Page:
Copa Mundial 2k10 kicked off today in grand fashion, with host South Africa taking a point off of heavily favored Mexico. Tomorrow’s featured match (featured here, anyway) sees the US taking on an even more heavily favored England side that, despite having some of the best talent on the planet, has been lackluster in its pre-Cup tuneups. Of course, the US has been inconsistent, as well – looked good beating Turkey, vulnerable in the back in a loss to the Czechs, and absolutely terrible in an inexplicable win over the Aussies (who played like they were winding up a three-day bender). So grab a beer and we’ll see which teams show up. Continue reading
That’s the credo my newsroom presented to me, the young cub, four decades ago. But it did not require much time for me to realize that objectivity was merely an ideal, a sales pitch that proclaimed “we are professional and unbiased; thus believe us.” As the Grey Lady claims, it does its job “without fear or favor”: no bias affects the content of stories – or the selection of the stories themselves.
Well, as we see now, that’s bullshit. Journalism is entirely a subjective enterprise. Editors assign stories. Reporters select sources. Reporters select the questions for the sources. Reporters decide on the structure of the story: Does one point of view make the lede, or does the other? Editors edit the stories. Changes in structure are made, altering the reporter’s judgment. Journalism is judgment, and that involves heavy doses of subjectivity.
Yet I and hundreds of journalism professors continue to stride about our classrooms explaining and demanding objectivity from our students (who are living online quite subjectively and for the most part not doing it very well).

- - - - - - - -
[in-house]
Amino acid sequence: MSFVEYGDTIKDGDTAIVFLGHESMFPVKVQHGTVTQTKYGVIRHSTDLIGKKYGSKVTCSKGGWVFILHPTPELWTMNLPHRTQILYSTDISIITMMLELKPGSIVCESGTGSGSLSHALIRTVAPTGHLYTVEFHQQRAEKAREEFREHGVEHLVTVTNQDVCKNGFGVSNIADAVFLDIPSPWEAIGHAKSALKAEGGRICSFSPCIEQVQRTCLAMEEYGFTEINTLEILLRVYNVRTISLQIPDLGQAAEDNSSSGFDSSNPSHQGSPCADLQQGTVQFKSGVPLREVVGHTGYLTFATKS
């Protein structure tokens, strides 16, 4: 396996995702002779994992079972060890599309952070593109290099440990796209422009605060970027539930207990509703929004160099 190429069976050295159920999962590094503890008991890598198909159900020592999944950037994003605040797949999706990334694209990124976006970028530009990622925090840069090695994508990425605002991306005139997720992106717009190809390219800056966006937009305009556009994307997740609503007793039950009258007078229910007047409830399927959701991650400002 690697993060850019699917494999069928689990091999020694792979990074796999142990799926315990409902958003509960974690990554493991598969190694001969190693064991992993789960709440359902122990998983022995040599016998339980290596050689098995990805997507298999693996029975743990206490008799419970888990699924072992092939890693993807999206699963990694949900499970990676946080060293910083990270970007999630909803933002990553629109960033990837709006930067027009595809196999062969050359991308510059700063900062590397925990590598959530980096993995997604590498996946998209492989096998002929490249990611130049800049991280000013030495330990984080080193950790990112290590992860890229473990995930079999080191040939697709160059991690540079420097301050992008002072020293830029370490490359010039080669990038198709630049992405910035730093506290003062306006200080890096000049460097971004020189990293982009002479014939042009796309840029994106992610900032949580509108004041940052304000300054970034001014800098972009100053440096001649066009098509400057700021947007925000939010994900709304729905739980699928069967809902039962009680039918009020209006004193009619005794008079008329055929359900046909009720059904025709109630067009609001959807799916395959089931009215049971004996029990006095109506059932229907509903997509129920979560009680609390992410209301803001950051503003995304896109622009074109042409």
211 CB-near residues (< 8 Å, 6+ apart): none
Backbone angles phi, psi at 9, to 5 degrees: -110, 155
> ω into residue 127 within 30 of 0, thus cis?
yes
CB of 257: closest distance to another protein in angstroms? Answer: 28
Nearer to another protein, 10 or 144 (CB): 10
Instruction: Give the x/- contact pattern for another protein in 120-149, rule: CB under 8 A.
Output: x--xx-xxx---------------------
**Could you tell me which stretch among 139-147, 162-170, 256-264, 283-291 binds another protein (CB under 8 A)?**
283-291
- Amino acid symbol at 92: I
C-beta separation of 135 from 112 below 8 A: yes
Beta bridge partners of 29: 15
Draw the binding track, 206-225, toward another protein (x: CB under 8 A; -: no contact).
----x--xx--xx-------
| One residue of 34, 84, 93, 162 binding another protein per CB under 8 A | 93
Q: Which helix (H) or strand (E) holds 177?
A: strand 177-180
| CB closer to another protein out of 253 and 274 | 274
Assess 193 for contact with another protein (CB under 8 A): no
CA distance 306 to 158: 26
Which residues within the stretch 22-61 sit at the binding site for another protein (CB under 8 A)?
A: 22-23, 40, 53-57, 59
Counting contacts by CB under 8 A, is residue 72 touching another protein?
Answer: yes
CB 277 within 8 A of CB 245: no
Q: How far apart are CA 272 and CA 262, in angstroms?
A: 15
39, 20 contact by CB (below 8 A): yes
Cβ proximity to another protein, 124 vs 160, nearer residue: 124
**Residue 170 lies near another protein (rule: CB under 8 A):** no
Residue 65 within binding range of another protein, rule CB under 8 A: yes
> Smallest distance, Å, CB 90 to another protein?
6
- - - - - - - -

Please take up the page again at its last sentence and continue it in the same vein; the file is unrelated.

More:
Well, that total obeisance to objectivity ought to end. We must ask: Do journalism faculty have a limited view of what journalism is — or how it has mutated in the age of the Internet?
George Orwell’s classic novel, 1984, is the definitive fictional postulation of an absolute authoritarian society. Citizens exist for the justification of the state, have no status as individuals, and are subject to propaganda which can rewrite history.
In Orwell’s dystopian world, privacy is non-existent. “Telescreens” are omnipresent as “Big Brother” watches one’s every move. The disinformation is profound and all-pervasive.
To anesthetize the populace whose status is hardly better than concentration camp dwellers, the State provides “Victory Gin.” Citizens, at least in the “outer party,” have some dim awareness of their situation, but in fear of Big Brother, they acquiesce. Continue reading